The church was not registered for marriages until 1941 (its mother church St John the Baptist’s was used instead) and was only parished in 1967.




The Liturgy.

The most effective means of evangelisation isn’t the ALPHA course, Cafe Church or setting up a Facebook page. It’s through ensuring we provide a Liturgy authentic to the traditions of the Church. If we marry the church to the modern age, she will become a widow in the next.

Three points made by Cardinal Sarah regarding the Liturgy,

  1. Ad Orientem


The liturgy is meant to draw us into deeper union with God through an intimate encounter with Him. In the liturgy, we are caught up into the heavenly realms and experience—for such a brief moment—the heavenly liturgy while we are still here on earth. We sing the song of the angels—“Sanctus, Sanctus, Sanctus”—when we participate in the sacred liturgy. This is why liturgy cannot be about man, and in a particular way, it cannot be about the specific priest celebrating the liturgy. Cardinal Sarah has repeatedly talked about celebrating liturgy ad orientem, to the East, for celebrating liturgy with such an orientation is about more than “the priest turning his back on the people.”

The deeper reality of ad orientem worship is that the faithful are praying along with the priest, who acts in persona Christi, and offering the Divine Victim along with Him (see Lumen Gentium, art. 11). Sometimes in our modern liturgical praxis, we focus too much on the personality of the priest or too much on the people in the community. Such an overemphasis removes God from the center of the liturgy, when all the focus should ultimately about Him, since liturgy is the way by which we glorify God—above all, it is not meant to be a glorification of ourselves.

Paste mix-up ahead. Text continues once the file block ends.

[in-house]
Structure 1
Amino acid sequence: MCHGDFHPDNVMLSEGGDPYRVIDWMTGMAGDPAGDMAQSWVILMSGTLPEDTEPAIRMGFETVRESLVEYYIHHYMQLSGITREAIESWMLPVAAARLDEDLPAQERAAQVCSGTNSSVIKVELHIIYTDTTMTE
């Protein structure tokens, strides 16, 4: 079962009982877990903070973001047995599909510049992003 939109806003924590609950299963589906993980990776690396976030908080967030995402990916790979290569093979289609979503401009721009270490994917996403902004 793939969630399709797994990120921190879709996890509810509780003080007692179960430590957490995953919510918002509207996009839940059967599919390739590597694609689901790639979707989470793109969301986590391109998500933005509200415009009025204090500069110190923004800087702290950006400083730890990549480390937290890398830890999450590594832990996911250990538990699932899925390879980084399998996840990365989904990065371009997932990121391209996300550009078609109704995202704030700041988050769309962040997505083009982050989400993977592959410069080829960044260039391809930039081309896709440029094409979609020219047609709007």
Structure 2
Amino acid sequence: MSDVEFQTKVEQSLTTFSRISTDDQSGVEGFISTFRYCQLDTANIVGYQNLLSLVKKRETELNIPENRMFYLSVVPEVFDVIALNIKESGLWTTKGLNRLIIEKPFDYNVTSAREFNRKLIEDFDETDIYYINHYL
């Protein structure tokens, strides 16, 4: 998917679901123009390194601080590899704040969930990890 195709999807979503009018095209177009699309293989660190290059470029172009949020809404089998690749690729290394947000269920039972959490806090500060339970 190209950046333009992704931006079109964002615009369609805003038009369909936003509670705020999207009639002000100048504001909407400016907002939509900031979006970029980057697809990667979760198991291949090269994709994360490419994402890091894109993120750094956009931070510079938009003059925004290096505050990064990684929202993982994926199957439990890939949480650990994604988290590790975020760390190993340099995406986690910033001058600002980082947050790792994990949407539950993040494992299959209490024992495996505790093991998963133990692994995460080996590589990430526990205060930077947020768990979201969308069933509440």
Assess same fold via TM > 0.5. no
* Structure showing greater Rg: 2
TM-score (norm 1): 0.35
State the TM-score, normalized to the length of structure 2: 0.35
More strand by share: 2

2. Silence


Of silence, Cardinal Sarah says, “God is silence, and this divine silence dwells within a human being … I am not afraid to state that to be a child of God is to be a child of silence.” It is indeed a profound mystery when Cardinal Sarah says that God is silence. Perhaps we can understand this best in comparison to what he says about the devil. He says, “God is silence, and the devil is noisy. From the beginning, Satan has sought to mask his lies beneath a deceptive, resonant agitation.” The devil is continually attempting to distract us from God, trying to keep us from awaiting the Bridegroom, as in the Parable of the Ten Virgins (see Matthew 25:1-13).